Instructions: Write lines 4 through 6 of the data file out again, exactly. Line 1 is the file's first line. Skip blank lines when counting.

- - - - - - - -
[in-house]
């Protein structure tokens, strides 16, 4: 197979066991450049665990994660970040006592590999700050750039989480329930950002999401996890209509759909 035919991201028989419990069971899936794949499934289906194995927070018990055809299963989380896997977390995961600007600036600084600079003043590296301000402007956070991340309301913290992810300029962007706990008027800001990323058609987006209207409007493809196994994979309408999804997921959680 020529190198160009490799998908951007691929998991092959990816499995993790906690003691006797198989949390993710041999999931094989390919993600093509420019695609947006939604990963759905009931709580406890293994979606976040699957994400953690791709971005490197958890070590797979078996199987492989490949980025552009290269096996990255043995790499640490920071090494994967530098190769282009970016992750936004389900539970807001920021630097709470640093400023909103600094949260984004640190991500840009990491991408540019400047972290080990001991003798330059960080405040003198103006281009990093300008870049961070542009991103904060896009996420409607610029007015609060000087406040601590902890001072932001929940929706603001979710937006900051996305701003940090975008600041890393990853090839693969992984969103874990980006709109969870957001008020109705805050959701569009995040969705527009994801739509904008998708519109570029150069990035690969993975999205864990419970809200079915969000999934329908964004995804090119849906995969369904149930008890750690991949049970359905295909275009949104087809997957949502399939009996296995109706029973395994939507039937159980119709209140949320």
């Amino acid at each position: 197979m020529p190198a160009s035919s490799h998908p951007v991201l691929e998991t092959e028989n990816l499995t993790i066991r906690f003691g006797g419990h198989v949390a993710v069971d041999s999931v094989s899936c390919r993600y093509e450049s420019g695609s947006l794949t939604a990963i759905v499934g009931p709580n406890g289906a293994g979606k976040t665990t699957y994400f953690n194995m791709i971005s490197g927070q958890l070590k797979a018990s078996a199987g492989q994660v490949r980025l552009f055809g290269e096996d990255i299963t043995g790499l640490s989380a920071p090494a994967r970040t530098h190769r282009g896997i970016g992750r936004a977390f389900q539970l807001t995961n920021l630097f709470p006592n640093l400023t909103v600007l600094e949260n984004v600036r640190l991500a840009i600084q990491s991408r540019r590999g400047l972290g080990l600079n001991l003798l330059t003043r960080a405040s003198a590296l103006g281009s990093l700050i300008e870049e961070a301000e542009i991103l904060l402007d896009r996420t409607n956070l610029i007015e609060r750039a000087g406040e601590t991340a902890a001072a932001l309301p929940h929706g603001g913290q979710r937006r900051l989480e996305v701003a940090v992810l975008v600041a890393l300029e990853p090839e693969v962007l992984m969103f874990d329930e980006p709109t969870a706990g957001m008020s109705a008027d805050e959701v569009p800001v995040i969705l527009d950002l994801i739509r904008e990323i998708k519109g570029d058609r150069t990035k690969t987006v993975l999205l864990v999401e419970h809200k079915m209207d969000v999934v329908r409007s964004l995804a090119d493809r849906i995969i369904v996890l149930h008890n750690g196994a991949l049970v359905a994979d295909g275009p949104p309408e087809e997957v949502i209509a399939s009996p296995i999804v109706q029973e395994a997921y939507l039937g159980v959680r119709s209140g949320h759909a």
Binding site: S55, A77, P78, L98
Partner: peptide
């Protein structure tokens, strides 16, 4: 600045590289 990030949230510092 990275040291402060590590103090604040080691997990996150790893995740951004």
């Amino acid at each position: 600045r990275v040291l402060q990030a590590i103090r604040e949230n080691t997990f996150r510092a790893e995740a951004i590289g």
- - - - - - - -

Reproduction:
Binding site: S55, A77, P78, L98
Partner: peptide
């Protein structure tokens, strides 16, 4: 600045590289 990030949230510092 990275040291402060590590103090604040080691997990996150790893995740951004």